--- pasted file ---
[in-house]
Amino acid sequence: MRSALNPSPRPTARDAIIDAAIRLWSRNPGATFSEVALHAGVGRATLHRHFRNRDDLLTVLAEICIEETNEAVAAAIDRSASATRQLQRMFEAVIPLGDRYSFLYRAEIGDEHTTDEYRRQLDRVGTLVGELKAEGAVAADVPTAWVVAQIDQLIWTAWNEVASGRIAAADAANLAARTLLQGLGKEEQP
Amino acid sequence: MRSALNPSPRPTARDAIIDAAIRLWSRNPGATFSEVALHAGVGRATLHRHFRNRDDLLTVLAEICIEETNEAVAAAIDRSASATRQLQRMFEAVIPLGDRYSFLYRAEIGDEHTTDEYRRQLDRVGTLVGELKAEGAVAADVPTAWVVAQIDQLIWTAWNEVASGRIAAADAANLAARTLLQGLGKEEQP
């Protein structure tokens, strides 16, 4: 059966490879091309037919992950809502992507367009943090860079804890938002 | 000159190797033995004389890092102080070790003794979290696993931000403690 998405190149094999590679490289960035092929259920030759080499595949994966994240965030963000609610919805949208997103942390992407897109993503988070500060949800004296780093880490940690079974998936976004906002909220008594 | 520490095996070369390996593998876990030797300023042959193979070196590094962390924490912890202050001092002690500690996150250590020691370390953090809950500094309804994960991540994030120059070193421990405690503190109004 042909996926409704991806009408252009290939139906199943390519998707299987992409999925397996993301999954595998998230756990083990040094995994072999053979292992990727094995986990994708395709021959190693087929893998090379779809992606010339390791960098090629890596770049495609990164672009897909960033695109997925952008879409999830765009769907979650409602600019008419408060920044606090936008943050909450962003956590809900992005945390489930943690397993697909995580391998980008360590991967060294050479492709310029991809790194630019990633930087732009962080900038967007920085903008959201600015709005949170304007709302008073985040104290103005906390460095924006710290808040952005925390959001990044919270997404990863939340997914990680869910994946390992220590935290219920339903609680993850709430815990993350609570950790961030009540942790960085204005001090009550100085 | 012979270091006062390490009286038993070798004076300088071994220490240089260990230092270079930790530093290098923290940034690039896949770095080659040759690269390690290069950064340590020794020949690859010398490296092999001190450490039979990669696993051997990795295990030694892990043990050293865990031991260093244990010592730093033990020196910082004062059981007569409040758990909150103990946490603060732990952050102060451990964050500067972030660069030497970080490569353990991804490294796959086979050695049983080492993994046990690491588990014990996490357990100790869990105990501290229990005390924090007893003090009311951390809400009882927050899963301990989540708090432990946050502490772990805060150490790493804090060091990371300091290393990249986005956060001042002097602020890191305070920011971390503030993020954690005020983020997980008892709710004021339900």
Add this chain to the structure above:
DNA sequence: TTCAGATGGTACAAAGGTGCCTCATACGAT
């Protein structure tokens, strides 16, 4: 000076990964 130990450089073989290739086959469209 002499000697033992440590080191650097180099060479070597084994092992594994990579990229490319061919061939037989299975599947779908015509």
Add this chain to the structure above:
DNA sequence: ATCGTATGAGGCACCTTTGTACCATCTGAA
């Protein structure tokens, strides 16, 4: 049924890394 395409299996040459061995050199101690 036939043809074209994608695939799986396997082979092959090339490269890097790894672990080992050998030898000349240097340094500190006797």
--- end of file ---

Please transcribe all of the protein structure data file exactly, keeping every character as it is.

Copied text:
[in-house]
Amino acid sequence: MRSALNPSPRPTARDAIIDAAIRLWSRNPGATFSEVALHAGVGRATLHRHFRNRDDLLTVLAEICIEETNEAVAAAIDRSASATRQLQRMFEAVIPLGDRYSFLYRAEIGDEHTTDEYRRQLDRVGTLVGELKAEGAVAADVPTAWVVAQIDQLIWTAWNEVASGRIAAADAANLAARTLLQGLGKEEQP
Amino acid sequence: MRSALNPSPRPTARDAIIDAAIRLWSRNPGATFSEVALHAGVGRATLHRHFRNRDDLLTVLAEICIEETNEAVAAAIDRSASATRQLQRMFEAVIPLGDRYSFLYRAEIGDEHTTDEYRRQLDRVGTLVGELKAEGAVAADVPTAWVVAQIDQLIWTAWNEVASGRIAAADAANLAARTLLQGLGKEEQP
């Protein structure tokens, strides 16, 4: 059966490879091309037919992950809502992507367009943090860079804890938002 | 000159190797033995004389890092102080070790003794979290696993931000403690 998405190149094999590679490289960035092929259920030759080499595949994966994240965030963000609610919805949208997103942390992407897109993503988070500060949800004296780093880490940690079974998936976004906002909220008594 | 520490095996070369390996593998876990030797300023042959193979070196590094962390924490912890202050001092002690500690996150250590020691370390953090809950500094309804994960991540994030120059070193421990405690503190109004 042909996926409704991806009408252009290939139906199943390519998707299987992409999925397996993301999954595998998230756990083990040094995994072999053979292992990727094995986990994708395709021959190693087929893998090379779809992606010339390791960098090629890596770049495609990164672009897909960033695109997925952008879409999830765009769907979650409602600019008419408060920044606090936008943050909450962003956590809900992005945390489930943690397993697909995580391998980008360590991967060294050479492709310029991809790194630019990633930087732009962080900038967007920085903008959201600015709005949170304007709302008073985040104290103005906390460095924006710290808040952005925390959001990044919270997404990863939340997914990680869910994946390992220590935290219920339903609680993850709430815990993350609570950790961030009540942790960085204005001090009550100085 | 012979270091006062390490009286038993070798004076300088071994220490240089260990230092270079930790530093290098923290940034690039896949770095080659040759690269390690290069950064340590020794020949690859010398490296092999001190450490039979990669696993051997990795295990030694892990043990050293865990031991260093244990010592730093033990020196910082004062059981007569409040758990909150103990946490603060732990952050102060451990964050500067972030660069030497970080490569353990991804490294796959086979050695049983080492993994046990690491588990014990996490357990100790869990105990501290229990005390924090007893003090009311951390809400009882927050899963301990989540708090432990946050502490772990805060150490790493804090060091990371300091290393990249986005956060001042002097602020890191305070920011971390503030993020954690005020983020997980008892709710004021339900």
Add this chain to the structure above:
DNA sequence: TTCAGATGGTACAAAGGTGCCTCATACGAT
């Protein structure tokens, strides 16, 4: 000076990964 130990450089073989290739086959469209 002499000697033992440590080191650097180099060479070597084994092992594994990579990229490319061919061939037989299975599947779908015509």
Add this chain to the structure above:
DNA sequence: ATCGTATGAGGCACCTTTGTACCATCTGAA
């Protein structure tokens, strides 16, 4: 049924890394 395409299996040459061995050199101690 036939043809074209994608695939799986396997082979092959090339490269890097790894672990080992050998030898000349240097340094500190006797």